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Department of Genetics, Development, and Cell Biology
Loomis Lecture Series
Spring 2013 Lectures
February 08, 2013
March 15, 2013
April 19, 2013
About the Lecture Series
The Department of Genetics, Development, and Cell Biology is pleased to host this lecture series, which was launched in the fall of 2009 and is named in honor of Walter E. and Helen Parke Loomis. The Walter E. and Helen Park Loomis Fund was established by the Loomis family in 1981 in memory of Walter and Helen Loomis in the hope of helping to preserve Walter Loomis’s tradition for current and future generations of plant physiologists.
About Walter E. Loomis
Professor Walter E. Loomis (1898-1977) enjoyed a distinguished career at Iowa State University as professional leader, renowned teacher, and innovative and imaginative investigator in plant science. He was born near Makanda, Illinois, and raised on a farm devoted to woodlands and to fruit and vegetable production. His experiences as a youth profoundly influenced his approach to science and served him well in guiding ideas, conceived at the laboratory bench, to application in the farmer's field. After a year helping his father homestead a new farm in the Snake River Valley of Idaho and military service in France with the A.E.F., Walter Loomis returned to school and graduated in just two years with honors from the University of Illinois with a major in horticulture. He then enrolled at Cornell University as Professor H. C. Thompson's first Ph.D. student in vegetable crops. He began his own career in the new field of plant physiology with the completion of his Ph.D. thesis entitled "Studies in the transplanting of vegetable plants."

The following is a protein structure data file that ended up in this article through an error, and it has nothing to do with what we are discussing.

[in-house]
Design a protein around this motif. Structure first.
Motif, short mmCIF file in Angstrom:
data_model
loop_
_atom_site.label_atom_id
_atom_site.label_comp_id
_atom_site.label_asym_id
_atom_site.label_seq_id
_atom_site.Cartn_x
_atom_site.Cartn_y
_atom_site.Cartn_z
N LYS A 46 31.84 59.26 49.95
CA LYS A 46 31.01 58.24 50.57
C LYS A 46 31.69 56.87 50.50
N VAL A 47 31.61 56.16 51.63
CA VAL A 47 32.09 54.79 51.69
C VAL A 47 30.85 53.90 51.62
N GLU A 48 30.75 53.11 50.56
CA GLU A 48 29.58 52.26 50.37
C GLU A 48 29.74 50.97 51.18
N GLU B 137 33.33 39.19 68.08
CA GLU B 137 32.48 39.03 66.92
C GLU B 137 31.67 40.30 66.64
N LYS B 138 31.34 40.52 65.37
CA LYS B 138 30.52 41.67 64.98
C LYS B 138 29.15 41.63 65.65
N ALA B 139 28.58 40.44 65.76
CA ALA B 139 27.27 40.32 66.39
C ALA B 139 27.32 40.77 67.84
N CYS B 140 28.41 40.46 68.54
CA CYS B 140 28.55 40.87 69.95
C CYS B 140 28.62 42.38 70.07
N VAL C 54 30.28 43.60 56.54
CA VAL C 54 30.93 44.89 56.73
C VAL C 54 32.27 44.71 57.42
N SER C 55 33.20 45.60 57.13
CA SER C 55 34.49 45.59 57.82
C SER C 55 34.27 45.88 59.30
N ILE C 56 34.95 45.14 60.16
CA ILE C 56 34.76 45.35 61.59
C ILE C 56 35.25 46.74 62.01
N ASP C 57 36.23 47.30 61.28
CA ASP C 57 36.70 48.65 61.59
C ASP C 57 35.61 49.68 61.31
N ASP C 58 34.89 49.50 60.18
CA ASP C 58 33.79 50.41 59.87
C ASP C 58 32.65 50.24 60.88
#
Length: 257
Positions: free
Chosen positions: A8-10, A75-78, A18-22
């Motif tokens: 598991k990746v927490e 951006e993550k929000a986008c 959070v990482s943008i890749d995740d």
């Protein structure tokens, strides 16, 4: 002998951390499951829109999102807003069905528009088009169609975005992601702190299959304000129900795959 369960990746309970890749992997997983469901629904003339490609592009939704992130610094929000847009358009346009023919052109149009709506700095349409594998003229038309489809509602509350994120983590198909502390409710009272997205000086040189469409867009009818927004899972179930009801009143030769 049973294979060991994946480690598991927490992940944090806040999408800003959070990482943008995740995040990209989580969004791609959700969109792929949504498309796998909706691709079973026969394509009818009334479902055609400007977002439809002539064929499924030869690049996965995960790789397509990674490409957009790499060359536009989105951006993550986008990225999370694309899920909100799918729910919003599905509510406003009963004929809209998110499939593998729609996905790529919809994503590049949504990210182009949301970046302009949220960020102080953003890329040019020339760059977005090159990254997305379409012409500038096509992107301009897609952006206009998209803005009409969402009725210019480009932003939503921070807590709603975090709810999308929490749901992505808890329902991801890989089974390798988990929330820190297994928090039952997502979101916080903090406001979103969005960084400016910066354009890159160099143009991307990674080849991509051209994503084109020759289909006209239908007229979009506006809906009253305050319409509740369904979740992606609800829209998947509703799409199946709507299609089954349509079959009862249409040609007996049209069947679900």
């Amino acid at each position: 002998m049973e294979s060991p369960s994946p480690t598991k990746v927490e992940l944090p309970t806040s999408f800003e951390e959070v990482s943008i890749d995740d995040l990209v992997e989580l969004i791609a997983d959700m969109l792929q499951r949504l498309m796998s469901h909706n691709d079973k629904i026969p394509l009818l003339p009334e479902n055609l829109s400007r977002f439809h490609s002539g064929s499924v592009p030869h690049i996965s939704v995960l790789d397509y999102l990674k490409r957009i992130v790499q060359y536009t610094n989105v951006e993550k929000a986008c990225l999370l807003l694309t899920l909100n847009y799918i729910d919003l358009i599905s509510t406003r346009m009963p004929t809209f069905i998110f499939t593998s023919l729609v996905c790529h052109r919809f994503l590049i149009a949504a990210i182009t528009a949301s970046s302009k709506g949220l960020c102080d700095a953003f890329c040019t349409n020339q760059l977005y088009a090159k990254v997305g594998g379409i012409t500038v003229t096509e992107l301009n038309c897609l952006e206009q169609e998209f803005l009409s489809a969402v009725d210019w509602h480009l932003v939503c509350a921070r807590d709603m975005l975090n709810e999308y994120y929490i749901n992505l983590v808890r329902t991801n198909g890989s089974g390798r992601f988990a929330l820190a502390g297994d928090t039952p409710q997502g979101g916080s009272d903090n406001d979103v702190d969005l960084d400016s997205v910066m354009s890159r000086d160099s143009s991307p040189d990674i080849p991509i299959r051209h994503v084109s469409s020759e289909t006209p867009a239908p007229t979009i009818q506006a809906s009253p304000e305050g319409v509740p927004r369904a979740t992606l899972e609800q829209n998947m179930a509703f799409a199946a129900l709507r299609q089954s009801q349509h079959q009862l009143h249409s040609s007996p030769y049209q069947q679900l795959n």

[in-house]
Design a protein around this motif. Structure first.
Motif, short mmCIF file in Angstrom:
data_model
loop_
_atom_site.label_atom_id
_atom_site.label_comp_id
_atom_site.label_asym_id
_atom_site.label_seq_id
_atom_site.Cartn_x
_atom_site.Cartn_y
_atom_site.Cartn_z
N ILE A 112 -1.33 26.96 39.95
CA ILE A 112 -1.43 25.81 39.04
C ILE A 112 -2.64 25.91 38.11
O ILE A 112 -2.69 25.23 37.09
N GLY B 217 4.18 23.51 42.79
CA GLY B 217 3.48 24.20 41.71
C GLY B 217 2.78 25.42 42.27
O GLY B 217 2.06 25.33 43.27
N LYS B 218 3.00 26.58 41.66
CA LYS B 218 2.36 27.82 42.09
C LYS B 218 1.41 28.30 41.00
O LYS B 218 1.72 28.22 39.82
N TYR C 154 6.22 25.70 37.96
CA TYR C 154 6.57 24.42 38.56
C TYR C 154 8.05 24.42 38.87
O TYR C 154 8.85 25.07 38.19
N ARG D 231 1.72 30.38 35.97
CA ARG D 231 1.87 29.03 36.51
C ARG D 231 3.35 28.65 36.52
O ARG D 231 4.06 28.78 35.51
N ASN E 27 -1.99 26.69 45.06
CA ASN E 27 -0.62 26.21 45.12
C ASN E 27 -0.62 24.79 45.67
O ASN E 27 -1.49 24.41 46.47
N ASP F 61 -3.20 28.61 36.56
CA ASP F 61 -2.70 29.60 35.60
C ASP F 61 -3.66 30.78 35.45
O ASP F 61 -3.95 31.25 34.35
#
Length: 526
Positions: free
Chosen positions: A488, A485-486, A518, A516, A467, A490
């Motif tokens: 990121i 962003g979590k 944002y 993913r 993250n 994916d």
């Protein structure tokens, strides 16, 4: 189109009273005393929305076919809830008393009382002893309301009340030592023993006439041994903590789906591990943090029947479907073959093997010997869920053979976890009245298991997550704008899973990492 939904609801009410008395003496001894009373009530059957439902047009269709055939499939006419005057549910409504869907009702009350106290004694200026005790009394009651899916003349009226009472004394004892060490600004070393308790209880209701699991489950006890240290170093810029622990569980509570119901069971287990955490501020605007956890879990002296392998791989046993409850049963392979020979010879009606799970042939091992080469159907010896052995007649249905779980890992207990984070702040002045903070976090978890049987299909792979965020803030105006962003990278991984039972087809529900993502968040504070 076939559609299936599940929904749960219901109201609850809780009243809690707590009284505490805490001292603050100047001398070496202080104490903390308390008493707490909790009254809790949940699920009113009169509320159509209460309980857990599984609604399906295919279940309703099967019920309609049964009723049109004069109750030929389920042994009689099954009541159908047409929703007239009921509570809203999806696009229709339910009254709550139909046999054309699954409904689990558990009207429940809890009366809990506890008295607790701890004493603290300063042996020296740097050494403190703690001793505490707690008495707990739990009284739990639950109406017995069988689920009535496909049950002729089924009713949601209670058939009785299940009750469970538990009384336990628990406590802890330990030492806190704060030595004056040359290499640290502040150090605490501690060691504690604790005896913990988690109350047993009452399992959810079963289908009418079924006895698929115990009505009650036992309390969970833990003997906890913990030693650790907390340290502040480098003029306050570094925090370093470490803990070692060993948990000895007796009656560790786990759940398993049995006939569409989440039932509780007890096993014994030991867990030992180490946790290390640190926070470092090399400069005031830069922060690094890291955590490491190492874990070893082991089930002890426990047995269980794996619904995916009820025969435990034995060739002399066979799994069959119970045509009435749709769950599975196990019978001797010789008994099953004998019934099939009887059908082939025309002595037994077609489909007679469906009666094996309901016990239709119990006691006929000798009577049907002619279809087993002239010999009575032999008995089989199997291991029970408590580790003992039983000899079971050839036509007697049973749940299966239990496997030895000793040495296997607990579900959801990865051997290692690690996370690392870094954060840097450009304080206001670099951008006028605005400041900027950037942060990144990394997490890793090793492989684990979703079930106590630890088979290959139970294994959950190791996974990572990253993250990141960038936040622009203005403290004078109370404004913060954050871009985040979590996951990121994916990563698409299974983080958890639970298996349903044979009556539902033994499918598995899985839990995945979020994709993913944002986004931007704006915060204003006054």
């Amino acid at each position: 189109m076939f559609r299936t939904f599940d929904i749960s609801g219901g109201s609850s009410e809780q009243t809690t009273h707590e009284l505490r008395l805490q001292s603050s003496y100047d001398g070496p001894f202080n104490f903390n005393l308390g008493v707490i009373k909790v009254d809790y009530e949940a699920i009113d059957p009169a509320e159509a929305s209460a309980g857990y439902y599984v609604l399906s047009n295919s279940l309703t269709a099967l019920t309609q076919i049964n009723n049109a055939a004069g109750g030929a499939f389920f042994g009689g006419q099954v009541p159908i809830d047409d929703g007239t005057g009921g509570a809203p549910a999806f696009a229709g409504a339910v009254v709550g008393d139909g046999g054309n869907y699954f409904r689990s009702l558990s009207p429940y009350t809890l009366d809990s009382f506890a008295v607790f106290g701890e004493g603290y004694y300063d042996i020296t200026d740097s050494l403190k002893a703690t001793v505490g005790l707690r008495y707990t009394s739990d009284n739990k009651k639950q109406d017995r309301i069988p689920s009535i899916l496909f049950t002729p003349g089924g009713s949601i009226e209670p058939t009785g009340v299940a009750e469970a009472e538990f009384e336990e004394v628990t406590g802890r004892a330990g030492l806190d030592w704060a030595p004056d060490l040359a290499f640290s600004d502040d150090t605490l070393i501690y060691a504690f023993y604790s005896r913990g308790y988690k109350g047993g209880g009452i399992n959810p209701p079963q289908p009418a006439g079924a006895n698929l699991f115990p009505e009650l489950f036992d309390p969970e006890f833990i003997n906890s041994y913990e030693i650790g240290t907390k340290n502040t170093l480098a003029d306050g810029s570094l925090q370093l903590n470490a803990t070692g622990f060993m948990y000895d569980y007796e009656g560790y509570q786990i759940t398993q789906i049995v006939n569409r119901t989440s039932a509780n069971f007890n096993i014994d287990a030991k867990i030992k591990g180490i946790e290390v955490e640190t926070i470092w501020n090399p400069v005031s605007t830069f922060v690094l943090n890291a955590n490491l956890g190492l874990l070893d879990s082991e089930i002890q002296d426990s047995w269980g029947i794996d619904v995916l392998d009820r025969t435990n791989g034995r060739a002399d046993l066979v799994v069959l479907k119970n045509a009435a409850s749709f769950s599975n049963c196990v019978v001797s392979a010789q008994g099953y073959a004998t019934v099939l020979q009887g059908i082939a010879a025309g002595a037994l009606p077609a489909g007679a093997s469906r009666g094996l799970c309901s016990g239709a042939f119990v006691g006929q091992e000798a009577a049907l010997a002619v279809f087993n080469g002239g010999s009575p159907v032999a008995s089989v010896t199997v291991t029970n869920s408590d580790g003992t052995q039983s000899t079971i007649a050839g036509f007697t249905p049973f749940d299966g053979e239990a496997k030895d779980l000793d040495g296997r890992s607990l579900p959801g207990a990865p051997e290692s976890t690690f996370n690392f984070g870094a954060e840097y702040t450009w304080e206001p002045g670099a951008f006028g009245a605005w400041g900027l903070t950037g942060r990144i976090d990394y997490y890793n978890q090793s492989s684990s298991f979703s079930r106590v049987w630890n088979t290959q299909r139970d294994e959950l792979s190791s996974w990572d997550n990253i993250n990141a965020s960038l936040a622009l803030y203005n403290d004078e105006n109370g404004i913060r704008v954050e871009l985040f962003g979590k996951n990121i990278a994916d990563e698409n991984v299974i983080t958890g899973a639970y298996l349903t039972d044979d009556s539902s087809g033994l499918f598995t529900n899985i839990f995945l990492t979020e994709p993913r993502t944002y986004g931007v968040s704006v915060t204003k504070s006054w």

He came to Iowa State in 1927. His classic studies on translocation and photosynthesis and his comprehensive essays on differentiation and growth quickly established his reputation as an original thinker, resourceful experimenter, and advocate for the new field.
His research and that of his students comprised a broad spectrum of disciplines. But his ability to explain the behavior of both managed and natural plant communities provided a strong common dimension. His keen insight was supported by great attention to detail and the application of innovative scientific methods. He maintained the "whole plant" perspective and his studies provided essential links to agriculture and forestry.
Professor Loomis was active in many professional organizations but was especially involved in the American Society of Plant Physiologists, a group he helped to organize. The influence of this organization is truly international; from its inception it has been a dominant force in contemporary plant physiology throughout the world. Professor Loomis held all elective offices in this society and served as its president in 1942-43. As monograph editor he was responsible for "Photosynthesis in Plants" (1949) and "Differentiation in Plants" (1953). In 1957 the society's prestigious Charles Reid Barnes Life Membership Award was conferred on Professor Loomis. Thousands of students have been introduced to botany through the lucid style of his text with Carl Wilson. A series of translations of this book have extended his influence on botanical education far beyond the borders of this country.
Professor Loomis was recognized for his ability to teach students at all levels. He approached both teaching and research with vigor and enthusiasm and developed concepts with models whose influences have been enduring. He left a legacy in the tradition he established in plant science at Iowa State. His living legacy -- his many devoted students and his two sons, Walter D. and Robert S. -- continue to yield ideas originally nurtured by his influence. We are proud that he was associated with our department and we hope that this lecture, dedicated to his memory, will help preserve that tradition for those with whom he did not have direct contact.